By Sandeep Sahu
The Board of Control for Cricket in India (BCCI) has done well to drop six Odisha players selected to play in the East Zone under-19 one-day league for the Vinoo Mankad trophy for being overage. But what raises eyebrows is how they were selected in the first place at a time when the Odisha Cricket Association (OCA) is under the CBI scanner for institutionalizing an ecosystem where age fudging had become more the norm than the exception.
The extent of the scam can be gauged from the fact that no less than 36 players – a majority of them from Cuttack – are being probed by the CBI for manipulating or plain forging their age documents to be eligible to play in the under-19 category. Among them is Shubham Nayak, son of OCA chief executive officer (CEO) Bidyut Nayak.
The business of age fudging had gone on for so long because the BCCI had chosen to look the other way all these years for reasons that are now all too obvious. After all, OCA was part of the same ecosystem that allowed (or is it promoted?) and protected wrongdoing of all kinds. If the BCCI has suddenly woken up from its slumber and decided to crack the whip, the reasons are not too difficult to guess. The dressing down given to the BCCI by the Supreme Court yesterday for its cheek to defy the Lodha committee recommendations has clearly convinced the mandarins of the most powerful sports body in the country that the days of running the cash-rich body according to their whims and fancies are now well and truly over.
Over the years, the BCCI had built up an elaborate structure of patronage that rewarded those who were willing participants in skullduggery and punished those who refused to fall in line. The system put in place by the top bosses of BCCI allowed the likes of Asirbad Behera, the ‘honorary’ secretary of the OCA, to lord over the cricketing affairs of the state for decades. Their words were the law, BCCI laws and norms be damned. Undeserving players were selected and deserving ones dropped if they fell foul of the satraps. Largesse was showered on district associations and clubs that would vote for the incumbent and denied to others who refused to play ball. The books of the Association were fudged/manipulated (like the age of the players) and the hefty sums in the coffers of the Association dealt with like private property. Why, even a part of the land leased out by the state government for construction of the Barabati Stadium was used for construction of a mandap and nearly two dozen shops in gross violation of the lease agreement to further the commercial interests of the OCA bosses. In short, OCA, like its counterparts elsewhere, had become a den of vice.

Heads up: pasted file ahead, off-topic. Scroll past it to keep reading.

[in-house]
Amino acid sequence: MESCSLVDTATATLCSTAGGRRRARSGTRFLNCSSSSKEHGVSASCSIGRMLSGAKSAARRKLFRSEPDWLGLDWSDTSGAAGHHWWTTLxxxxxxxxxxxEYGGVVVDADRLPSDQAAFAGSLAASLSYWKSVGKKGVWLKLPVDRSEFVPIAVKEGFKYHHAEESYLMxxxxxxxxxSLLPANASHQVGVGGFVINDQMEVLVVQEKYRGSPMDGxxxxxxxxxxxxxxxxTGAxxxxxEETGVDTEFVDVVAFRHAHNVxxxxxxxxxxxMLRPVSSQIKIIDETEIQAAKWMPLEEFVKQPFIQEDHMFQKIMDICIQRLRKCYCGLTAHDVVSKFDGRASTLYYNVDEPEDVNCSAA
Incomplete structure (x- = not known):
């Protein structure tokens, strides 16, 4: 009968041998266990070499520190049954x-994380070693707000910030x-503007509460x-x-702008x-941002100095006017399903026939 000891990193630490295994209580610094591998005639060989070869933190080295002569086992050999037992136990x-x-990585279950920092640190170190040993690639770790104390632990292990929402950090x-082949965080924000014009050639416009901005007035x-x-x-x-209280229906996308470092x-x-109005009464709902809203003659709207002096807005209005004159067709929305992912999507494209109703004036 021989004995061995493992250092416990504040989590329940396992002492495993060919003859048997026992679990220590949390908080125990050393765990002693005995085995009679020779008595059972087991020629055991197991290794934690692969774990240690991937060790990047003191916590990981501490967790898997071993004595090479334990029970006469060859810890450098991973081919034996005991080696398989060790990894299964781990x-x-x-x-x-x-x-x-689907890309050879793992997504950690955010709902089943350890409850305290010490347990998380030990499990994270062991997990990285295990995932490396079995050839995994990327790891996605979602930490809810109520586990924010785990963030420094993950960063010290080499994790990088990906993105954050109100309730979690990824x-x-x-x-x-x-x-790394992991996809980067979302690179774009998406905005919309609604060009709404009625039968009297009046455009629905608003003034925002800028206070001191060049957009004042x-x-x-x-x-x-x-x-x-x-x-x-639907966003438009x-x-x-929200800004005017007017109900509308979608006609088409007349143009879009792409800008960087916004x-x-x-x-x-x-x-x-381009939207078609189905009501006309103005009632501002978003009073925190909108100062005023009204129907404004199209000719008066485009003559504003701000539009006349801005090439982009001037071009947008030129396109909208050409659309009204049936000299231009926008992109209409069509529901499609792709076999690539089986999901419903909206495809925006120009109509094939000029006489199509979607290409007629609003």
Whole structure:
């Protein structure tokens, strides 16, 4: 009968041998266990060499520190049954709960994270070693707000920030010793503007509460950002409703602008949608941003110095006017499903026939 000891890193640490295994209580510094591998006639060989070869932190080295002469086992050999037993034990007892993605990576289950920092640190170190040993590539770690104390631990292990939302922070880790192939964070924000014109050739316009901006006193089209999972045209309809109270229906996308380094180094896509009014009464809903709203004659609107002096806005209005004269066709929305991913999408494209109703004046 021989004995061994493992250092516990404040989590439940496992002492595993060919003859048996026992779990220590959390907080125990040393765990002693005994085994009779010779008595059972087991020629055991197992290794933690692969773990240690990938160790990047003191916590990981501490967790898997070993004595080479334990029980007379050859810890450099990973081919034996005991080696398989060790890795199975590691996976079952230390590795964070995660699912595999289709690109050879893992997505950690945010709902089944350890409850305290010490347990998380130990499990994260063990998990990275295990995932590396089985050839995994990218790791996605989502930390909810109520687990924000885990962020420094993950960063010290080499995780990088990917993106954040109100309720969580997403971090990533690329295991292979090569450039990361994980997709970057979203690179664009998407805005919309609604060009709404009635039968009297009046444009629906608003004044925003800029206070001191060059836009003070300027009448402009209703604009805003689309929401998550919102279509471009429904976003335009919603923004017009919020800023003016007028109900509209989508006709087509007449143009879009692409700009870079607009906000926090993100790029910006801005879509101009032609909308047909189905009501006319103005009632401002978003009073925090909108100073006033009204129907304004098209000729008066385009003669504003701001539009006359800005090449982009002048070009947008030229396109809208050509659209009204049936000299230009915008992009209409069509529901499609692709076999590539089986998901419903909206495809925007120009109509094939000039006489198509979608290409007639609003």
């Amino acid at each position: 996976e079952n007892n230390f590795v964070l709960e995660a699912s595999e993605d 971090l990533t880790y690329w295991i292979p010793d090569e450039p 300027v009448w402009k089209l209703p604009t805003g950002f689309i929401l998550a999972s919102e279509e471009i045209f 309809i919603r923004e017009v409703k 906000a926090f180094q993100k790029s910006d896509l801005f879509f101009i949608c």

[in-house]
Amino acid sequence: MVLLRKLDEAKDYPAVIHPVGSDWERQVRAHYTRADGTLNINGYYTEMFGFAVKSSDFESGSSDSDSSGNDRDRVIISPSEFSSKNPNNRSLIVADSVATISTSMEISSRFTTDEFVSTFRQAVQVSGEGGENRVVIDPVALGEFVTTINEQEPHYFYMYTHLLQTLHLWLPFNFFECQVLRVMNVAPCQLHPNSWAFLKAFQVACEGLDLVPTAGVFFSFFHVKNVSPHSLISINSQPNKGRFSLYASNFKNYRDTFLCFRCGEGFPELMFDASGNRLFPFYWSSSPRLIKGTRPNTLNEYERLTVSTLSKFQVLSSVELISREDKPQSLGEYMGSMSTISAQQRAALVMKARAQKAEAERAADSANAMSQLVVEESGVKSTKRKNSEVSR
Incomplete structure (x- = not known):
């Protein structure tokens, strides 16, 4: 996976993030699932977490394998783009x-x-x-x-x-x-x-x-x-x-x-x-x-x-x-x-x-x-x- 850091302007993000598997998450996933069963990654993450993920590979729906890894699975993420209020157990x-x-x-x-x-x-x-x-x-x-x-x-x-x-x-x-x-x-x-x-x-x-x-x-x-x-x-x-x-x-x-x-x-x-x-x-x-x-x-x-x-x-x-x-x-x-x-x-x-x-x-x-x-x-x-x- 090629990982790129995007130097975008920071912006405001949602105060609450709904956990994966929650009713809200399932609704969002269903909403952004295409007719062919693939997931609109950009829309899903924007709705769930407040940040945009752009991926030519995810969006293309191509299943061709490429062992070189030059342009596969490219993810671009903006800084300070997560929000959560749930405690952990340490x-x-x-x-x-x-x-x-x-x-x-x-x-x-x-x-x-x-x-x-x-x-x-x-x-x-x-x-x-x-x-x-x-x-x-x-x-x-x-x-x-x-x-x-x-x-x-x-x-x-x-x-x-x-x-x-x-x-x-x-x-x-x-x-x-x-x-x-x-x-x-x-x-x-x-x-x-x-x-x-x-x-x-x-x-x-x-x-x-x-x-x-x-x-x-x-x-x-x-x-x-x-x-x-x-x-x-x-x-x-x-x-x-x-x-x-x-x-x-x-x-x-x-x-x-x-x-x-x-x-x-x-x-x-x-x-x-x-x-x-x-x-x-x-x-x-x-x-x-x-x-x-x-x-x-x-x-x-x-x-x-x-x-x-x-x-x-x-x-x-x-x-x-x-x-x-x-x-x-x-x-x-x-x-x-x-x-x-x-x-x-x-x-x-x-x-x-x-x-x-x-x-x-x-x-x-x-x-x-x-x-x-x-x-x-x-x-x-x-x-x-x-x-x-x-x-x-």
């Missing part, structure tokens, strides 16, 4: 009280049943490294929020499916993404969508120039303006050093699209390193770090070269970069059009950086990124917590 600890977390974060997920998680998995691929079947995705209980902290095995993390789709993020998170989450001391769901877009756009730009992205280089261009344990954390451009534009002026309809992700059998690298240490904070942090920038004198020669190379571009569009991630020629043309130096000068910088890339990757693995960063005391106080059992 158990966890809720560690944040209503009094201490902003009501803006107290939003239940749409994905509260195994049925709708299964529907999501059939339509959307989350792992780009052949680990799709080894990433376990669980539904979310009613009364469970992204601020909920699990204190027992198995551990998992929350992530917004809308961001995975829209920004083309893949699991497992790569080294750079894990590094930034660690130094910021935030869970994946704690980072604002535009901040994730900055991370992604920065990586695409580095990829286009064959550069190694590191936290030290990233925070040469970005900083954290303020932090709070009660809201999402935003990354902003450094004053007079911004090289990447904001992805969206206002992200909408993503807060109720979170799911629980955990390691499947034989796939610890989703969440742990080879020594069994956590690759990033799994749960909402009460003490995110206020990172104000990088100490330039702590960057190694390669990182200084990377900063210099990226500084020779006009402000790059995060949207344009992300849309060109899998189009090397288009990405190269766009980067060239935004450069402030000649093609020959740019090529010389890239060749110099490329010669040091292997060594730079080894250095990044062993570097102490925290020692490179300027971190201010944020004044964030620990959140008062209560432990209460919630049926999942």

No wonder the cozy club of well-entrenched BCCI officials and their factotums in the state Associations, who ran the affairs of the beautiful game like their private fiefdom, were up in arms the moment the Supreme Court decided to get into the picture. They saw red when the Justice Lodha committee appointed by the apex court came up with a set of recommendations that would end their unfettered reign.
It is a measure of the defiance and foolhardiness of the BCCI mandarins that they believed, even after all this, that they could get away unscathed. That is why instead of quietly accepting the fait accompli and carrying out the reforms mandated by the Lodha panel, they requisitioned the services of Justice Markandeya Katju, the maverick retired Supreme Court with a penchant for theatrics, to take on the apex court.
But mercifully, yesterday’s stern message served by the Supreme Court appears to have convinced the BCCI bosses (and the regional satraps) that they have reached the end of the bountiful road they have travelled along for so long. It, however, remains to be seen if they would quietly walk into the sunset or try to find a way of ruling by proxy by foisting their kin or confidantes on cricket bodies. Watch this space!